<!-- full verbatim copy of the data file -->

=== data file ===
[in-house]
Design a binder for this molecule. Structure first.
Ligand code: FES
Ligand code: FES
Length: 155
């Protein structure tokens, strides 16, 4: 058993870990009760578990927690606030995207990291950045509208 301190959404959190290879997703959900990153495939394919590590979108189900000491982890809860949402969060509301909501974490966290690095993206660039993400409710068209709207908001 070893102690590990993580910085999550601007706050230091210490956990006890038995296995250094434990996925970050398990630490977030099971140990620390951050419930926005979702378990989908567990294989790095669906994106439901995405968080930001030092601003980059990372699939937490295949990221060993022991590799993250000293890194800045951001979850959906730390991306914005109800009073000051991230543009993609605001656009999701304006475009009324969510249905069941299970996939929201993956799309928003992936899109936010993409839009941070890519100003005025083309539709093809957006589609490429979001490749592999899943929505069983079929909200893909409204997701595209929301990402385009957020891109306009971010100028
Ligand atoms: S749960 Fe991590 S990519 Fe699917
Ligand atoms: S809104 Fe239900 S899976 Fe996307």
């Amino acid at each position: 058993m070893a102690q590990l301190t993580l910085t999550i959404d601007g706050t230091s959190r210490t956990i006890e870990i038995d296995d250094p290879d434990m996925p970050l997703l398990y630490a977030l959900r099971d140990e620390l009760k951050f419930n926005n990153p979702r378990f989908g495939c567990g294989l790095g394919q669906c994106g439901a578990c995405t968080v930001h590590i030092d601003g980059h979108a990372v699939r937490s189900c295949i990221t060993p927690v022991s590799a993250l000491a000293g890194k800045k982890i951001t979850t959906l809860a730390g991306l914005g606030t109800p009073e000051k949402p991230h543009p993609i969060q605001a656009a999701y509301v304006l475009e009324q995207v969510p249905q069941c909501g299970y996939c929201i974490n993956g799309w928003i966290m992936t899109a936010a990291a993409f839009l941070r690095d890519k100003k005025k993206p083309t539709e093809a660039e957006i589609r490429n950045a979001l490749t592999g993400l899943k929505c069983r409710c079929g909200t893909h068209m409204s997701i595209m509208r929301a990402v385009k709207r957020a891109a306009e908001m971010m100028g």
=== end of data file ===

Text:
[in-house]
Design a binder for this molecule. Structure first.
Ligand code: FES
Ligand code: FES
Length: 155
């Protein structure tokens, strides 16, 4: 058993870990009760578990927690606030995207990291950045509208 301190959404959190290879997703959900990153495939394919590590979108189900000491982890809860949402969060509301909501974490966290690095993206660039993400409710068209709207908001 070893102690590990993580910085999550601007706050230091210490956990006890038995296995250094434990996925970050398990630490977030099971140990620390951050419930926005979702378990989908567990294989790095669906994106439901995405968080930001030092601003980059990372699939937490295949990221060993022991590799993250000293890194800045951001979850959906730390991306914005109800009073000051991230543009993609605001656009999701304006475009009324969510249905069941299970996939929201993956799309928003992936899109936010993409839009941070890519100003005025083309539709093809957006589609490429979001490749592999899943929505069983079929909200893909409204997701595209929301990402385009957020891109306009971010100028
Ligand atoms: S749960 Fe991590 S990519 Fe699917
Ligand atoms: S809104 Fe239900 S899976 Fe996307």
């Amino acid at each position: 058993m070893a102690q590990l301190t993580l910085t999550i959404d601007g706050t230091s959190r210490t956990i006890e870990i038995d296995d250094p290879d434990m996925p970050l997703l398990y630490a977030l959900r099971d140990e620390l009760k951050f419930n926005n990153p979702r378990f989908g495939c567990g294989l790095g394919q669906c994106g439901a578990c995405t968080v930001h590590i030092d601003g980059h979108a990372v699939r937490s189900c295949i990221t060993p927690v022991s590799a993250l000491a000293g890194k800045k982890i951001t979850t959906l809860a730390g991306l914005g606030t109800p009073e000051k949402p991230h543009p993609i969060q605001a656009a999701y509301v304006l475009e009324q995207v969510p249905q069941c909501g299970y996939c929201i974490n993956g799309w928003i966290m992936t899109a936010a990291a993409f839009l941070r690095d890519k100003k005025k993206p083309t539709e093809a660039e957006i589609r490429n950045a979001l490749t592999g993400l899943k929505c069983r409710c079929g909200t893909h068209m409204s997701i595209m509208r929301a990402v385009k709207r957020a891109a306009e908001m971010m100028g």